Standup World Tour Cancels Final Two Events
SUP Surfing’s Only Elite League Season Shortened to Three Contests for Men, Two for Women
This week, the Waterman League, home of both the Standup World Tour and World Series, published a post notifying the world that the Huntington Beach Pro would be the final surf event of the year and that the European and Moroccan events were cancelled. World Championships for the surf side were decided in Huntington over the last 24 hours, with Izzi Gomez claiming her second world title in two years and Brazilian Caio Vaz his first.
The news was a big blow to the fledgling World Tour/Series, but by no means was it the first time the Waterman League cancelled an event. The organization has a long history of fluctuating schedules and has rarely run a full slate of stops. This time, Waterman League founder Tristan Boxford is citing investment as the main reason for cancellations: "When you're going to make a major change forwards you have to sacrifice short-term to get to the long term," he told SUP magazine. "It's a five-year plan and it will allow us to grow in the long term instead of taking short steps like we've been doing. Basically, there are a lot of big things happening, we need to keep our eye on the ball and push it over the line. Third party changes have been a thorn in our side these past few years. We're making a small sacrifice now for a big gain in 2016 and beyond."
Translation? Hard to tell. You never really know with Boxford, a talented orator gifted in talking his way through the difficult situations that have plagued his organization through the years. Basically, both the World Tour and World Series have long relied on local sponsors and tourism boards to fund their operations and help control costs on the ground. When those "third parties" pull sponsorship, which can happen at the last minute (and happened this year with the Brazil event) it leaves the Waterman League—Boxford's umbrella business that oversee both the World Tour and Series—hanging out to dry.
That’s likely what happened here, leaving the future looking suspect for the Waterman League. Multiple athlete sources have told us they're owed prize money from the event entity. And we hear these complaints on a yearly basis.
"I think most of the athletes are happy that it has become an ultimatum," says Sean Poynter, who finished an even third at Huntington and is the WT's lead athlete representative. "If the deal (Tristan is referencing) goes through, it's going to be the best thing for the tour, for years to come, with increased prize money and bonuses for us and a solidified schedule, potentially the best year we've ever had. If not, then we don't have a tour. I wouldn't say there's been dishonesty, but there's been a lot of prospects of betterment that haven't been fulfilled. We lose a little faith, but everyone is excited about the potential."
This isn't the only cancellation this season, as the Brazilian event was also knocked off the docket with extremely late notice, leaving many athletes holding the bag on plane tickets and reservations.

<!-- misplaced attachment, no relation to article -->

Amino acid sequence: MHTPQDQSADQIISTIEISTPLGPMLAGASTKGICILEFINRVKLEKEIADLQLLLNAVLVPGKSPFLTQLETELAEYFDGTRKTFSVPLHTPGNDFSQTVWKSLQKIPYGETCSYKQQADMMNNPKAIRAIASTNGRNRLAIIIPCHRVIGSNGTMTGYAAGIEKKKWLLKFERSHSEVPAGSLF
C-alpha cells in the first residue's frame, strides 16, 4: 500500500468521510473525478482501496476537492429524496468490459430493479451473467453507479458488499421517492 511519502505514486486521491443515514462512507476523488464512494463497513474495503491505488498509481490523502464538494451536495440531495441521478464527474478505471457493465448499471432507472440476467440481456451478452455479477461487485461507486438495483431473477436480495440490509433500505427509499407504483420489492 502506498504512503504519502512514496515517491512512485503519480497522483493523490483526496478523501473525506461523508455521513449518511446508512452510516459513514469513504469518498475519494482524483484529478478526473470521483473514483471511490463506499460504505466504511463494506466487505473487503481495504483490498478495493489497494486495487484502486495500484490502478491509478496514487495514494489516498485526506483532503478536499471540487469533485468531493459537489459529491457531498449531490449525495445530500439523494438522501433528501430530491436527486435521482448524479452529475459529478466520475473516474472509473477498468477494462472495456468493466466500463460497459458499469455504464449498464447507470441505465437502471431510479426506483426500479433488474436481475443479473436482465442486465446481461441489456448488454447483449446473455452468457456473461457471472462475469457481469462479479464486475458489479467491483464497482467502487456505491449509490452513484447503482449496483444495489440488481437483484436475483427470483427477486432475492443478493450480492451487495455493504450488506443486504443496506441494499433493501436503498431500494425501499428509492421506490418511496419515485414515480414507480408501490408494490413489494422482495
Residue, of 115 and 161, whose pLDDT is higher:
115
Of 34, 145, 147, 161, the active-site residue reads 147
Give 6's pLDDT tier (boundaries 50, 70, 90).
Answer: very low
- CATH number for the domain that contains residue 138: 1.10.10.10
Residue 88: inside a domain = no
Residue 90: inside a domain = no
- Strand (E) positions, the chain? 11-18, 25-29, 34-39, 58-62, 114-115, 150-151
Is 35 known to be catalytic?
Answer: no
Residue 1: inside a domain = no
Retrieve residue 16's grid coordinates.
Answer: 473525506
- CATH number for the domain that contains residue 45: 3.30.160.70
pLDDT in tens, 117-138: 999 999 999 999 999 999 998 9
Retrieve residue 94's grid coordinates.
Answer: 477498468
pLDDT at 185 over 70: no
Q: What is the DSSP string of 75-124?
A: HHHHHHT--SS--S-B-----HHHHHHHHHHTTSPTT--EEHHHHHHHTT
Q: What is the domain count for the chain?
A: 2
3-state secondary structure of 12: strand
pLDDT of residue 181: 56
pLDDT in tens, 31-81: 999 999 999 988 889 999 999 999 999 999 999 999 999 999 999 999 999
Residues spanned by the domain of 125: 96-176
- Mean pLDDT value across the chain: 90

The Waterman League, and Boxford, have had a rocky run. He's never been able to gain wide endemic support for his events. Whether that's because those events are strictly focused on the sport's elite or because the locations (Tahiti, Brazil, Europe) are too far-flung for most American-based companies to get on board with is not entirely clear. But that lack of support must have had some negative affects.
The Waterman League has also had a transparency problem. Boxford is usually veiled when addressing criticism. Instead of direct answers to questions, critics get responses that sound as if they were churned out of a public relations factory: "I'm being pretty vague about it right now because of the confidentiality agreements but it's immensely good for the sport and the World Tour and World Series," he said when pressed on potential sponsors for 2016, leaving athletes and other sponsors guessing as to whether the event entity will survive.
It's been a carnage-filled year for the sport. Both the Battle of the Paddle and Payette River Games announced cancellations. Multiple European events were cancelled. Organizing events is tough business. The money is rarely plentiful, logistics can be an absolute nightmare and an event's niche is extremely important to its success—does it appeal to the right people, at the right time, in the right place?
And to Boxford's credit, the Waterman League, which started in the late-2000's, had to fight through one of the most devastating economic downturns in modern history. Additionally, the League's video program is one of the best in the industry and its events are followed by the top young talent in the sport like Kai Lenny, Connor Baxter, Zane Schweitzer and Sean Poynter—an obvious indication the sport is in desperate need of a solid world tour on both the surf and race side.
"Tristan is at his wit’s end," Poynter says. "He's had a lot of financial risk in all this and hasn't been rewarded. None of us want to ever talk (negatively) about the tour. It's the only legitimate world championship out there right now. But it can't continue on like this." —JC
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